Vivendi said Sunday that it had received a “friendly” takeover approach from private equity group Kohlberg Kravis Roberts that included a plan not to break up the business, but after a review of the offer, the company declined to proceed with sales talks.
Neither Vivendi nor KKR would say how much the offer entailed, but over the weekend, French newspaper Le Monde pegged the amount at E40 billion bid ($50.8 billion), the New York Times at $50 billion. In either case, leveraged buyout offer is the largest in history, eclipsing by far KKR’s current record bid of $33 billion for hospital operator HCA. Stockholders in HCA are scheduled to vote on that offer Nov. 16.
Vivendi’s market capitalization is $44.5 billion based on Friday’s closing stock price.
The New York Times report said that talks between Vivendi and KKR, which were initiated by Vivendi, had been going on for about a month. The Financial Times reported that the offer failed partly over tax issues.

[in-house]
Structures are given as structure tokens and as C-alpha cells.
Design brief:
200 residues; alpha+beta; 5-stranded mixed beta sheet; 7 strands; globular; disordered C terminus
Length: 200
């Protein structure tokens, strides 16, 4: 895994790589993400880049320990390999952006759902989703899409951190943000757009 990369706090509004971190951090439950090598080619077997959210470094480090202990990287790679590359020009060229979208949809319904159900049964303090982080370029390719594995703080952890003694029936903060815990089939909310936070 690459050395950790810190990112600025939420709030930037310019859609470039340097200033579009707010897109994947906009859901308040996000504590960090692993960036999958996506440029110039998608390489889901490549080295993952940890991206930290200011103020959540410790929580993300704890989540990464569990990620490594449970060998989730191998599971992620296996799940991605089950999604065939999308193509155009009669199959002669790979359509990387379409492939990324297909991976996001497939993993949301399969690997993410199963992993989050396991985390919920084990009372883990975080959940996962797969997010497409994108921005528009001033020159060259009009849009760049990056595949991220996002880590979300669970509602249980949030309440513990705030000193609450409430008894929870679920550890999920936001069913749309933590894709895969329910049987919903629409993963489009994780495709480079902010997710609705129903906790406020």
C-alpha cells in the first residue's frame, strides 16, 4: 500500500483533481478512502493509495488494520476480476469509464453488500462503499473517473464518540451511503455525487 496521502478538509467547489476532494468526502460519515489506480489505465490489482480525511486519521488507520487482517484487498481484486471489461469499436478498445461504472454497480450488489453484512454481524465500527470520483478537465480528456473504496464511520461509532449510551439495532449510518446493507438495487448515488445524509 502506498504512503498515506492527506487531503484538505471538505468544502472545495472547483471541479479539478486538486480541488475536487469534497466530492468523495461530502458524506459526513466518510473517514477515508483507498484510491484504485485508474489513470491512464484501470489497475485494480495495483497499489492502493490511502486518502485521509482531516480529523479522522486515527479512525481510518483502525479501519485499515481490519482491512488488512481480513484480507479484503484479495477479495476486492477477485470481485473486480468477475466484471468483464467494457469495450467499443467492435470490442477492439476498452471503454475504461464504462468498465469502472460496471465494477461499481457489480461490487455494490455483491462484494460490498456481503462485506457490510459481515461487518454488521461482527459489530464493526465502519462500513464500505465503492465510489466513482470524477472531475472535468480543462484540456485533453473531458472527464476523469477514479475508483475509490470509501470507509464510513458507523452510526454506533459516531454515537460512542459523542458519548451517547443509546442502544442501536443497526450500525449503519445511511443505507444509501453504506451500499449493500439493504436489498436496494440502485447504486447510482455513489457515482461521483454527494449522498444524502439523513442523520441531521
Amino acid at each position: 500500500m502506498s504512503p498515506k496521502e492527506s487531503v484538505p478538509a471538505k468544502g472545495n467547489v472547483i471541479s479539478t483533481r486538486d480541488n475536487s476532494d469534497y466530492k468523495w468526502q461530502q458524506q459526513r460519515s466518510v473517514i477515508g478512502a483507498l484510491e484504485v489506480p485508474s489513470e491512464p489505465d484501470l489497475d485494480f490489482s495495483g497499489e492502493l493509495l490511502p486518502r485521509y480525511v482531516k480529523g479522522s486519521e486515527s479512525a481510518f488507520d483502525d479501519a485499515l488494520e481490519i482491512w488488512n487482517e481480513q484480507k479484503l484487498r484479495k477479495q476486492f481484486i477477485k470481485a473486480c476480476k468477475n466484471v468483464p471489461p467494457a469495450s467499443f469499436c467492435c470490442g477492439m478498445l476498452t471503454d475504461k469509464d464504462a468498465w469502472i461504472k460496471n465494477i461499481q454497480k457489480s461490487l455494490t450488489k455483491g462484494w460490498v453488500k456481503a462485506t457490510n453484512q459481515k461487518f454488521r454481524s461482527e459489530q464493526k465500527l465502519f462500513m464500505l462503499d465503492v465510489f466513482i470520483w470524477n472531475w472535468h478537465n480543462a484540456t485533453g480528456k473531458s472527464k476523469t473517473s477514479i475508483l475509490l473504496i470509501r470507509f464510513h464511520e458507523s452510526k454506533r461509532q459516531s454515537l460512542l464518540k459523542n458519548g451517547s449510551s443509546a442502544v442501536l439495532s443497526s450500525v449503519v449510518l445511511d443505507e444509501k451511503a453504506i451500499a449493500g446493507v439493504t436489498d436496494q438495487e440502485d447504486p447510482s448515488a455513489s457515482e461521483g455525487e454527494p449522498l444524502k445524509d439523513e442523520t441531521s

Shares of Vivendi have gained 15% this year, outperforming the 13% rise in the Euronext Paris CAC Consumer Services Index, in which it has the biggest weighting.
Vivendi in May rejected a plan from Norwegian investor Alexander Vik to break up the company. Splitting up Vivendi would increase the value of its parts and may attract a buyout offer, according to Vik’s investment company, Sebastian Holdings.
With about 25% of the $33 billion global music market, Vivendi’s Universal Music Group is the world’s largest record company. Vivendi asked European regulators last week to approve its $2.07 billion bid for Bertelsmann’s BMG music-publishing division.
Company also owns French mobile-phone service provider SFR, the group’s largest unit by sales and profit contribution, as well as pay channel Canal Plus and a 20% stake in NBC Universal.
Vivendi in July sold its remaining stake in Veolia Environnement, severing ties with the water utility from which it was created.